(NaturalNews) As if anyone needed another reason to eat chocolate, new research published in the August 2010 issue of the Annals of Epidemiology suggests that chocolate may be good for both gestational hypertension (GH) and for preeclampsia.1
This, of course, goes hand-in-hand with a lot of other research regarding chocolate, most of which has been featured here on NaturalNews in the past. Gestational hypertension is physiologically related to some forms of generalized high blood pressure and heart disease symptoms, which have been shown to be lowered beneficially through chocolate consumption (especially chocolates based on real cacao).2
This latest study was conducted by researchers from the Department of Epidemiology at the University of Iowa College of Public Health and from the Center for Perinatal, Pediatric, and Environmental Epidemiology at Yale University through grants from the National Institutes of Health. Subjects from 13 prenatal care practices in Connecticut were recruited and interviews were conducted within the first sixteen weeks of gestation.
A total of 2,567 women were included in the study, with most of their pregnancies (2,351) being normal without problems. 158 of the women were diagnosed as GH and 58 were preeclampsia. Preeclampsia is a condition in which high blood pressure and protein in the urine develop after the 20th week of pregnancy. It can lead to serious problems for mother and baby, but instances of death and serious complication are rare in the U.S. as women are routinely monitored for this problem during pregnancy.3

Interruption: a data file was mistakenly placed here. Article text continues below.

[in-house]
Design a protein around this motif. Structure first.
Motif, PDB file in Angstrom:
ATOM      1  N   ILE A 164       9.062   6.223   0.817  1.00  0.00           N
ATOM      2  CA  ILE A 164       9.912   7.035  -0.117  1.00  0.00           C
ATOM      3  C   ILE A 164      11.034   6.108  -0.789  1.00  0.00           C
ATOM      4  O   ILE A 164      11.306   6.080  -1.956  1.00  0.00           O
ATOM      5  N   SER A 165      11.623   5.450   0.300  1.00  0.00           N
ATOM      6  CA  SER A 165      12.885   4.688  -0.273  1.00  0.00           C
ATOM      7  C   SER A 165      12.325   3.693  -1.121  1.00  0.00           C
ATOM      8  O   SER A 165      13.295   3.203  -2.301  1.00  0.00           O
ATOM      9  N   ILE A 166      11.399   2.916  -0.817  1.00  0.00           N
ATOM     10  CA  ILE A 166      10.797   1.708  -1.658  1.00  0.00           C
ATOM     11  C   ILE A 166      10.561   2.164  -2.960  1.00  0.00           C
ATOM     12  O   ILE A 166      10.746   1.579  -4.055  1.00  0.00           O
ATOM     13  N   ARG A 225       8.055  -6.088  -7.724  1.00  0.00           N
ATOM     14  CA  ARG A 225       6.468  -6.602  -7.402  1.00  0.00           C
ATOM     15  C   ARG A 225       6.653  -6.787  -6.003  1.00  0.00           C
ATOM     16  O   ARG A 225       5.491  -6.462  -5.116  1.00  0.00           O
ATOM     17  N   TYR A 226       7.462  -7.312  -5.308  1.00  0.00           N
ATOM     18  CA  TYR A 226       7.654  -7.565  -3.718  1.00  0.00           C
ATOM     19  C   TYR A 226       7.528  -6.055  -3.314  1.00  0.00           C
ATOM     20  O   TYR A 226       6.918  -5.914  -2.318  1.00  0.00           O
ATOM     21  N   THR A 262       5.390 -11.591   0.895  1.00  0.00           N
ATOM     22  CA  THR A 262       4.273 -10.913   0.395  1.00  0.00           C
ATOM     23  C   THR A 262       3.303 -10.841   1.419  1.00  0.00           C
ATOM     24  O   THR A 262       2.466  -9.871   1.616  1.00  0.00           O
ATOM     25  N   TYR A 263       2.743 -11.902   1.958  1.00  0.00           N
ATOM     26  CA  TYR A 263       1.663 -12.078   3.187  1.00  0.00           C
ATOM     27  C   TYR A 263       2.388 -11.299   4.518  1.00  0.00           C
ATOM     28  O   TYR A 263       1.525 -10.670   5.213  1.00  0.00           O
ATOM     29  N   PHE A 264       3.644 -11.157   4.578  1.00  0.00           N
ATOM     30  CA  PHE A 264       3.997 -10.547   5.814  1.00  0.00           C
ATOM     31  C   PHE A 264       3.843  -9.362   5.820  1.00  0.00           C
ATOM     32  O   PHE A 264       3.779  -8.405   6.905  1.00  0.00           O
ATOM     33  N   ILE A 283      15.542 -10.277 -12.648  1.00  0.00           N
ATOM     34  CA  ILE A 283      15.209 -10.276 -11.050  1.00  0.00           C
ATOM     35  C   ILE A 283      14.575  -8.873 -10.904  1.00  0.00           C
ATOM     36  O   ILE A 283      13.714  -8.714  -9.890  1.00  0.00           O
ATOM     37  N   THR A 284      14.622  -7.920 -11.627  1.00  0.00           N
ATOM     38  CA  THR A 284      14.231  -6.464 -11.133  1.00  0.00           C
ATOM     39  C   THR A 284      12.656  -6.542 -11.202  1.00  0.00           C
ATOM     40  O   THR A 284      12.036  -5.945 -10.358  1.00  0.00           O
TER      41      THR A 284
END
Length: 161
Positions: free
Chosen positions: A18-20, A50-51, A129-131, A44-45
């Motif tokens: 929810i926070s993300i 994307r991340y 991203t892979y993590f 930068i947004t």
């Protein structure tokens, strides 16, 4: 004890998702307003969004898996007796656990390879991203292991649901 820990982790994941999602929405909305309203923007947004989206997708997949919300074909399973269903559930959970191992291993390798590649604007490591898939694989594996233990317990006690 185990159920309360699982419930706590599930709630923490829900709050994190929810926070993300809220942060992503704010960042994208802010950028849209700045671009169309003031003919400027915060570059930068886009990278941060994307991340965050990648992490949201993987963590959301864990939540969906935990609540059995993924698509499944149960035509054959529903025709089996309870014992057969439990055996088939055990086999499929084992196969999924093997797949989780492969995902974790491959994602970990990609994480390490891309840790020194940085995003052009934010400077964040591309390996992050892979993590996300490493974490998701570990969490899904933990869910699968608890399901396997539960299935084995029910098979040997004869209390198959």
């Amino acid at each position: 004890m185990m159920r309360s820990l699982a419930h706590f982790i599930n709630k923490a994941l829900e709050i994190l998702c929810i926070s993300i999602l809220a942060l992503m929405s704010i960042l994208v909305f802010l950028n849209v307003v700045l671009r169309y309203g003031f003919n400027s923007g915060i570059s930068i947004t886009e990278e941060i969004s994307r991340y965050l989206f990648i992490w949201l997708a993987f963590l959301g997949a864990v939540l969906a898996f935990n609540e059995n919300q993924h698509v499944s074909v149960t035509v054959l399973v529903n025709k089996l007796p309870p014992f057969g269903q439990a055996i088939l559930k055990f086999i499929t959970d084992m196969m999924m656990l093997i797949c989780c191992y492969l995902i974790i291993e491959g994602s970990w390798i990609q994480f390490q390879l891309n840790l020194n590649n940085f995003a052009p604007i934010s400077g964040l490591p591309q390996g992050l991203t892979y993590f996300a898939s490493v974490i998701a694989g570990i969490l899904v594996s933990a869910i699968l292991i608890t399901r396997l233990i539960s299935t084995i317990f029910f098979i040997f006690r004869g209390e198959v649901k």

In the study, chocolate was more commonly eaten by the normative mothers during pregnancy than the others (80.7% or 5-15% higher). A control group of women who ate less than 1 serving of chocolate per week was used for comparison.
First trimester intake of chocolate was associated with an adjusted odds ratio (aOR) of 0.65 (an aOR is a number between 0 and 1, the higher the better). This indicates a likely correlation.
Third trimester intake was associated with reduced odds of preeclampsia, but not conclusively (aOR 0.55) and the study's authors call for more research.
"These findings provide additional evidence of the benefits of chocolate," the study concludes.
This study wasn't the first to examine the positive effects of eating chocolate during pregnancy. One of the study's authors, Dr. Elizabeth W. Triche (PhD) of Yale University conducted a similar study in 2008 focused on preeclampsia.4
It's known from other studies (which these studies cite) that the chemical theobromine is found in cacao-based chocolate. This chemical has many beneficial effects on the heart muscle and blood vessels. In fact, this latest research adds to the evidence already in hand for chocolate's benefits during pregnancy.
This is good news for women everywhere and more evidence of the mounting tsunami of proof that chocolate is good for more than just an occasional treat.
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